Planets, asteroids, and meteors – oh my! August is one of the best night months of the year for astronomical events. This is primarily due to the Perseids, arguably the best meteor shower of the year. But the Perseids aren’t the only thing worth seeing in the night sky this month. The August night sky has plenty else to see.
Before jumping into the list of night sky events in August, I want to provide some recommendations for telescopes and binoculars; some of the events this month will require having one if you want to see them. If you need a telescope to help enjoy any of this month’s night sky events, we have a guide to the best stargazing telescopes. We also have guides based on price, whether you want to buy a solid telescope under $300 or splurge on a one of the best telescopes under $1,000 instead. If you’d rather use astronomical binoculars, I have a guide to binoculars under $1000. (More guides at lower price points are coming soon!)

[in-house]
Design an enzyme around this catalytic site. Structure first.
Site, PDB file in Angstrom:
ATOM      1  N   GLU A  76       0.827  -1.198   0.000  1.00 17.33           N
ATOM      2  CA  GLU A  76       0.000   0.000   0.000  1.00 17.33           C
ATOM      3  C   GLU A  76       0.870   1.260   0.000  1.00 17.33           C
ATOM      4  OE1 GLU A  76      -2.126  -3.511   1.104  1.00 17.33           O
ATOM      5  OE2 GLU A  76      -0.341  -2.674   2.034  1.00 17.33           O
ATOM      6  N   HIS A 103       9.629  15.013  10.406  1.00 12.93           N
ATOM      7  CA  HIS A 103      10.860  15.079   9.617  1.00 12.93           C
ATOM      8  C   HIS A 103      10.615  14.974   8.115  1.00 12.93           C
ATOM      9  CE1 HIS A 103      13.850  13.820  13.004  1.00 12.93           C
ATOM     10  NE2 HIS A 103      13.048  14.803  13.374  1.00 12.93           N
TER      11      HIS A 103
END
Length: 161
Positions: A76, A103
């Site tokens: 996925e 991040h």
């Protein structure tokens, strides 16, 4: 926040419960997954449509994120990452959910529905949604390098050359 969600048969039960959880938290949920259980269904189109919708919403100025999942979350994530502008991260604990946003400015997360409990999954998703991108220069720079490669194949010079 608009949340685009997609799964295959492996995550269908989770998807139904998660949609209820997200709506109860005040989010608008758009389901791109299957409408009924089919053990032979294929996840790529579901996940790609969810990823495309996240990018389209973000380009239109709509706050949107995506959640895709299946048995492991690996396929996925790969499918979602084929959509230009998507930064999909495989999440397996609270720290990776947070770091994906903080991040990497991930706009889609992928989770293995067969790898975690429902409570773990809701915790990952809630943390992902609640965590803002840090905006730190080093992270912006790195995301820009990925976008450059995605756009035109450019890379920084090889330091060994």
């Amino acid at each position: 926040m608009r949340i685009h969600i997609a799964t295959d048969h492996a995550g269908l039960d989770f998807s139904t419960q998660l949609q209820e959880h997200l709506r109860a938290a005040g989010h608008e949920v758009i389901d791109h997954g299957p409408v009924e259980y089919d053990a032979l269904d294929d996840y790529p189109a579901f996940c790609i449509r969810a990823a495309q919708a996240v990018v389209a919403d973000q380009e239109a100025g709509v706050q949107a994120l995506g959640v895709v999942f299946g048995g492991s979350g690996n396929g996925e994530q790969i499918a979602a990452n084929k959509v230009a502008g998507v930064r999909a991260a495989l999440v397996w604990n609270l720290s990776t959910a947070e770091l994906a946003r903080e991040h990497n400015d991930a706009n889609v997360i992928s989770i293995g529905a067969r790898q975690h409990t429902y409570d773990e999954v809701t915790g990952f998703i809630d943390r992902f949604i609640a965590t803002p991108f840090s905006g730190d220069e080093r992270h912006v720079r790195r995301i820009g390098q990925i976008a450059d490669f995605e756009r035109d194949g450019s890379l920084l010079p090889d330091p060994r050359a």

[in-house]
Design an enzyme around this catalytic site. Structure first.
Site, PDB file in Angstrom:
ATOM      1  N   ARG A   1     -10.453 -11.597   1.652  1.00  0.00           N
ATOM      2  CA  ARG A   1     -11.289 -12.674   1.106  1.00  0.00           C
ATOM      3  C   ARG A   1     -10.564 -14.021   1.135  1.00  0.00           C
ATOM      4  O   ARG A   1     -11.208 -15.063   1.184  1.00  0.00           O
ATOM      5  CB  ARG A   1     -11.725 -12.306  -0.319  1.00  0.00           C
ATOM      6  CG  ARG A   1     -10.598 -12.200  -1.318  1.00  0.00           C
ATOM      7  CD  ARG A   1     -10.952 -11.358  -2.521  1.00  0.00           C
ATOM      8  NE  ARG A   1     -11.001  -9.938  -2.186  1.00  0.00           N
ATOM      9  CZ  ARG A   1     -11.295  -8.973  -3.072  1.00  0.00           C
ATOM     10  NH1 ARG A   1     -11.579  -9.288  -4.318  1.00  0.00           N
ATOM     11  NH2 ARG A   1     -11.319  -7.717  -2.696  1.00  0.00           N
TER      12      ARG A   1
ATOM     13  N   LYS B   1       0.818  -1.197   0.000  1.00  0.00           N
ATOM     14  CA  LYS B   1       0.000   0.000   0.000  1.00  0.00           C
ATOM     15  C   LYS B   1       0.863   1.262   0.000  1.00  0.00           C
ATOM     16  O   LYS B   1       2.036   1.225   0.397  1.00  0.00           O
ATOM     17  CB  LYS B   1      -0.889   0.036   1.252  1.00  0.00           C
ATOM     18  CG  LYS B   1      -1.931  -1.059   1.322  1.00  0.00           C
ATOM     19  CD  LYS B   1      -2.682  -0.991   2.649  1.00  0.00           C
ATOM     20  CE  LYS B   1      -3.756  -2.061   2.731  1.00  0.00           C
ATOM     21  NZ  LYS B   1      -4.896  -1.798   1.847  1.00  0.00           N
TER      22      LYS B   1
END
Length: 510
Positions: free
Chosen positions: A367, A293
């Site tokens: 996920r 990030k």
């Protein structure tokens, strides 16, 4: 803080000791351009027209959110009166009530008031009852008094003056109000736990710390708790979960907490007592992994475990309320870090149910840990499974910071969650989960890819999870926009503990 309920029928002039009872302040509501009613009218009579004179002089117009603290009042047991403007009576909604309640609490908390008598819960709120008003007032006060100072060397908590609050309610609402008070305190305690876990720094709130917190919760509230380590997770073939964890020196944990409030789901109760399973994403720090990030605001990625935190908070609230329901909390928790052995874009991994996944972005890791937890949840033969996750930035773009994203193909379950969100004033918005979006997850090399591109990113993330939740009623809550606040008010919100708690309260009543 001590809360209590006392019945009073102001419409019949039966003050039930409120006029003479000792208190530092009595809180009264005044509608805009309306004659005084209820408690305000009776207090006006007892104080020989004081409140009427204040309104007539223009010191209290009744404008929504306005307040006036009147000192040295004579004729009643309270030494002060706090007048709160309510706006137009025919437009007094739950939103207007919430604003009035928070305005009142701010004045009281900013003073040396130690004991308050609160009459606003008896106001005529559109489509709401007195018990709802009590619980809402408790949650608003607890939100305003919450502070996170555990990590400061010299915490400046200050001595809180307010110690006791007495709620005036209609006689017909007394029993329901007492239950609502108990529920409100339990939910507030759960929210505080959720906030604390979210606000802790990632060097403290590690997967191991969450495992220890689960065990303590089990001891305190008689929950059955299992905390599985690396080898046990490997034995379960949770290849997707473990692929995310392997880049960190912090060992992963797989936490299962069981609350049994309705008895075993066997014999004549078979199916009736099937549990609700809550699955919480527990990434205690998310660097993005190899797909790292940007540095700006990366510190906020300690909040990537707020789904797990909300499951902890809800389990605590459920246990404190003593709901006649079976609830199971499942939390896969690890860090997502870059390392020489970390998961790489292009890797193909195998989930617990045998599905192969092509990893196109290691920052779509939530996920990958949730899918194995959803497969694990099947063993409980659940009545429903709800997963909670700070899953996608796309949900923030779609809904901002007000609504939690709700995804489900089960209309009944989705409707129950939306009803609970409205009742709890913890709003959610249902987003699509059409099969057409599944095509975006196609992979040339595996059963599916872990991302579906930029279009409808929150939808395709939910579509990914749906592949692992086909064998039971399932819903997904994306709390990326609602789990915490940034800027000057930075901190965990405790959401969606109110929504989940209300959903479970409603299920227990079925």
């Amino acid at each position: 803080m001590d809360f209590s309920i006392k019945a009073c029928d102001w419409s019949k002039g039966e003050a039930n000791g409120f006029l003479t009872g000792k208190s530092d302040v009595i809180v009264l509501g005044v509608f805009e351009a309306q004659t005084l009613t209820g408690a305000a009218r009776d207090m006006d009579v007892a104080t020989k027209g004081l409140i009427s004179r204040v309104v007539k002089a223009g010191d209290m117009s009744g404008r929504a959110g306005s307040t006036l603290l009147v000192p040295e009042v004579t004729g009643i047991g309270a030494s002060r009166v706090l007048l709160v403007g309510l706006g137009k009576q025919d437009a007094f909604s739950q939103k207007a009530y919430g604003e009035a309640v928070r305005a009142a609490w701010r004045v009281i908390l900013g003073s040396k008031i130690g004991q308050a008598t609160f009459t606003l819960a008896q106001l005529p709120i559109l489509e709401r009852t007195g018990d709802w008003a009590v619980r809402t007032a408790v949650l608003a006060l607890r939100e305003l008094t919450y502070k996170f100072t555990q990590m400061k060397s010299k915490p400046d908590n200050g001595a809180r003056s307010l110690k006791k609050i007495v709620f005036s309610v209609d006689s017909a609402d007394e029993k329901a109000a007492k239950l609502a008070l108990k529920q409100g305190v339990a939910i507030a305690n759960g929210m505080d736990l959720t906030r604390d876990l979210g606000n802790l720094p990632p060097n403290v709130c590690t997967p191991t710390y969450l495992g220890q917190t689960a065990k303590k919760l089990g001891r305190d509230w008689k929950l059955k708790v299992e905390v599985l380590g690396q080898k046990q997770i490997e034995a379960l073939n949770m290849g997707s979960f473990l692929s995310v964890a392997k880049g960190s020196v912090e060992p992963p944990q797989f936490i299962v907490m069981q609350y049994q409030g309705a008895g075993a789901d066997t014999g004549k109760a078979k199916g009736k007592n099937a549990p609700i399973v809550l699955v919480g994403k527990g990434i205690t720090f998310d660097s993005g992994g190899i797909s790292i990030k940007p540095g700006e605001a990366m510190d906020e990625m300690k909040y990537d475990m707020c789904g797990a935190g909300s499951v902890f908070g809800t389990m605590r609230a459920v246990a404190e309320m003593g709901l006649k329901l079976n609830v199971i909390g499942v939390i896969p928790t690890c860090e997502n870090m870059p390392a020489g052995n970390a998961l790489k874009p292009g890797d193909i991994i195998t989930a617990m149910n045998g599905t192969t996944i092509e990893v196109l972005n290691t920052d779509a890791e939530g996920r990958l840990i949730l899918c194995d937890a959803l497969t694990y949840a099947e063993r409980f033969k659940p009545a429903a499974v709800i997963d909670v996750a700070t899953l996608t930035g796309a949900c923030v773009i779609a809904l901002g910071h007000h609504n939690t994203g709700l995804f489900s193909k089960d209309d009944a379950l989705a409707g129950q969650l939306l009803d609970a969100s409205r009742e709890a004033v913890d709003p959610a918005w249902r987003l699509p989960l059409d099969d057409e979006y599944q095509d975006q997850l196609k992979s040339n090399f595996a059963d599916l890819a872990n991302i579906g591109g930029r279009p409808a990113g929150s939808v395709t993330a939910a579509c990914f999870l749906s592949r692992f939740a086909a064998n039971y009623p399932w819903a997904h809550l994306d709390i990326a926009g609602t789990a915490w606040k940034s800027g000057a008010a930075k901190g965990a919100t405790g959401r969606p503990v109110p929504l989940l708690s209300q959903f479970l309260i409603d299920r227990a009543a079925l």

Okay without further ado, let’s jump into the astronomical events in the August night sky. Here are all the planets, asteroids, and meteors you can mark on your calendar for some epic stargazing this month.
This post was originally published in August 2018, and was updated most recently in July 2023.
August 3 – Close Approach of the Moon & Saturn
August kicks off with a series of planetary viewing opportunities; there are, of course, a number of other interesting deep space objects to see – and a few meteor showers that will peak later in the month… But let’s not get ahead of ourselves.